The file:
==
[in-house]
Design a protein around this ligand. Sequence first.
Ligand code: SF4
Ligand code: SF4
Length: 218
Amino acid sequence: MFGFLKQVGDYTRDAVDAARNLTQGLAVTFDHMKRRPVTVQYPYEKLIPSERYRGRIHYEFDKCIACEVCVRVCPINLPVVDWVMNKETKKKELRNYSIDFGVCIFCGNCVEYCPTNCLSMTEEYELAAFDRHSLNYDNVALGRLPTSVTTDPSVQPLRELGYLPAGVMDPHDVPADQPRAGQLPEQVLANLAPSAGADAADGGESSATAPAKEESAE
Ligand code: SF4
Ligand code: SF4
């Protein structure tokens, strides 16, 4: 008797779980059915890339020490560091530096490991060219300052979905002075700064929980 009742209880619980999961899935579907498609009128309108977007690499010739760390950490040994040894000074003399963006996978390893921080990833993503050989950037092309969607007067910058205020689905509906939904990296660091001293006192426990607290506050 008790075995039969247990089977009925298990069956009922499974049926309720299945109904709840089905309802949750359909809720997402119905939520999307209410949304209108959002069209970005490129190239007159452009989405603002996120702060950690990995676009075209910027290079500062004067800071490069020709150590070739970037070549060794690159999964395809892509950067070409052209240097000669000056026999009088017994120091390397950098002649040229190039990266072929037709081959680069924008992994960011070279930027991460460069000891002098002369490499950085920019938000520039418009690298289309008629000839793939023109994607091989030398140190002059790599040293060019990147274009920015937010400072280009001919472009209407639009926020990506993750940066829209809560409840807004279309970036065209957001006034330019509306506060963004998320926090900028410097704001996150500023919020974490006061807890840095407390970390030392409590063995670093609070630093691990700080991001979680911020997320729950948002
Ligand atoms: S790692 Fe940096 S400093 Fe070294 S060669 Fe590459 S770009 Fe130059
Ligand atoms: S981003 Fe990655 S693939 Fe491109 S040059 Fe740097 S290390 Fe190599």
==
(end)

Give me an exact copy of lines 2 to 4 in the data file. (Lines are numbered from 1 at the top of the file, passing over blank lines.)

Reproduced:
Design a protein around this ligand. Sequence first.
Ligand code: SF4
Ligand code: SF4